Skip to main content

Stormblood (SF) - Jeremy Szal ****

Practically all the action-based SF books I've read in the last few years have had female protagonists, so it seemed almost odd to find Stormblood taking us into the world of Vakov Fukasawa, a male former soldier, bio-enhanced using 'stormtech', an addictive substance that gives the user added strength, self-healing and courage in return for becoming more aggressive - sometimes uncontrollably so. However, it didn't take long to get swept up in Jeremy Szal's fast-moving story.

Part of the development in the story is finding out more about what stormtech actually is (a revelation that sets us up nicely for a sequel - it's not really a spoiler to say it's alien DNA, as it's on the book's cover), but a lot simply involves Fukasawa taking on his demons, fighting to stay alive in the face of an increasingly imposing set of enemies, and trying to extricate his brother from a drug-smuggling ring that proves to be far more than it first seems. Initially, Fukasawa is bitter and anti-establishment, but comes round to a grudging respect for the forces of law and order, notably in the form of the love interest, Katherine Kowalski, the officer put in charge of him.

Szal handles well the complexities of stormtech and produces a rich, layered world in the form of a three-dimensional city state that occupies a hollowed-out asteroid. There are a number of alien races, though mostly Star Trek-like in being little more than variants on exaggerated human types. The adventure was engaging and page turning, though it did suffer from approach that Alistair Maclean so loved of putting the hero through extensive physical abuse that no one would survive, only to have them come out stronger in the end.

If we're being picky, it's overlong - there a several backstory chapters that could simply be dropped without making any difference to the storyline. There's a rather unbelievable 'super hacker' friend of Fukasawa's who seems to be able to single-handedly break any IT security in seconds -  it doesn't say much for the antivirus companies of this future world. Oh, and Fukasawa's internal monologues go on far to long as he agonises over his addictive state and the effect that stormtech is having on him. However, these small moans don't take away from the very effective action, some interesting technology ideas and a strong, sweeping storyline that promises more to come.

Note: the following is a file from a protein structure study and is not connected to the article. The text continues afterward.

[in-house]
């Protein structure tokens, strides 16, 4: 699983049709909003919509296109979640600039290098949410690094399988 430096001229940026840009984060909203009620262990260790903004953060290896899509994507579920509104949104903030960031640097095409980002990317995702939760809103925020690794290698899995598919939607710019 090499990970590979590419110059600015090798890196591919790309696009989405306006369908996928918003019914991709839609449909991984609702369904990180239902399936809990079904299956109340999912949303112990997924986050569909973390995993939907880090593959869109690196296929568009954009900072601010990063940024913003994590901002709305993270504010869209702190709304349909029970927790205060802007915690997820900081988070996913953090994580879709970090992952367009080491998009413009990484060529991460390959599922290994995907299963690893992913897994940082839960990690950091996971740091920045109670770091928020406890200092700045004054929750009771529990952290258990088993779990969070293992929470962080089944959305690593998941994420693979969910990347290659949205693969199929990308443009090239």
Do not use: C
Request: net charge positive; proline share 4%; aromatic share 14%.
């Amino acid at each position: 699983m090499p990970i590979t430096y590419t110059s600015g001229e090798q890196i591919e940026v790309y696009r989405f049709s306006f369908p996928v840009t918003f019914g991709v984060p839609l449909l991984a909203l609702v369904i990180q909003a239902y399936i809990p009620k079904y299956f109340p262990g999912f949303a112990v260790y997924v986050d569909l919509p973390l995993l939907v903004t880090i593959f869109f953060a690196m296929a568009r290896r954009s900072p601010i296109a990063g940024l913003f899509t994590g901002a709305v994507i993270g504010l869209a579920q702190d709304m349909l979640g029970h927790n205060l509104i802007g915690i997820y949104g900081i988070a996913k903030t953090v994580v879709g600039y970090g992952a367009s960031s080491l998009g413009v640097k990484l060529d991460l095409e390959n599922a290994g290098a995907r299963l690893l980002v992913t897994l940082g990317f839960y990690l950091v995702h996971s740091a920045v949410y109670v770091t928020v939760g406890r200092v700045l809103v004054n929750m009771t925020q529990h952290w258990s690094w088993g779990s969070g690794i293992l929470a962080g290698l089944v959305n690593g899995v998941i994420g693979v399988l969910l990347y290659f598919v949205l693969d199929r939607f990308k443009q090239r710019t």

An effective debut from Jeremy Szal.


Paperback:    
Kindle 
Using these links earns us commission at no cost to you
Review by Brian Clegg

Comments

Popular posts from this blog

Patricia Fara - Four Way Interview

Patricia Fara lectures in the history of science at Cambridge University, where she is a Fellow of Clare College. She was the President of the British Society for the History of Science (2016-18) and her prize-winning book, Science: A Four Thousand Year History (OUP, 2009), has been translated into nine languages. An experienced public lecturer, Patricia Fara appears regularly in TV documentaries and radio programmes. She also contributes articles and reviews to many popular magazines and journals, including History Today, BBC History, New Scientist, Nature and the Times Literary SupplementHer new book is Erasmus Darwin.

Why history of science?
I read physics at university, but half-way through the course I realised that had been a big mistake. Although I relished the intellectual challenge, I was bored by the long hours spent lining up recalcitrant instruments in dusty laboratories. Why was nobody encouraging us to think about the big questions – What is gravity? Does quantum mechani…

The Idea of the Brain: Matthew Cobb *****

Matthew Cobb is one of those people that you can’t help but admire but also secretly hate just a little bit for being so awesome. He is professor for zoology at the University of Manchester with a sizable teaching load that he apparently masters with consummate skill. He’s a scientific researcher, who researches the sense of smell of fruit fly maggots; I kid you not!  He’s also an attentive and loving family father but he still finds time and energy to write brilliant history of science books, three to date. His first, The Egg and Sperm Race, describes the search for the secret of human reproduction in the seventeenth and eighteenth centuries and is one of my favourite history of science books, on the period. His second, Life’s Greatest Secret is a monster, both in scope and detail, description of the hunt to decipher the structure and function of DNA that along the way demolishes a whole boatload of modern history of science myths. The most recent, and the subject of this review, is

The Search for Life on Mars - Elizabeth Howell and Nicholas Booth ***

From the book’s enticing subtitle, ‘The Greatest Scientific Detective Story of All Time’, I was expecting something rather different. I thought the authors would kick off by introducing the suspects (the various forms life might take on Mars, either now or in the past) and the kind of telltale traces they might leave, followed by a chronological account of the detectives (i.e. scientists) searching for those traces, ruling out certain suspects and focusing on others, turning up unexpected new clues, and so on. But the book is nothing like that. Continuing with the fiction analogy, this isn’t a novel so much as a collection of short stories – eleven self-contained chapters, each with its own set of protagonists, suspects and clues.

Some of the chapters work better than others. I found the first three – which despite their early placement cover NASA’s most recent Mars missions – the most irritating. For one thing, they unfold in a way that’s at odds with the cerebral ‘detective story’ na…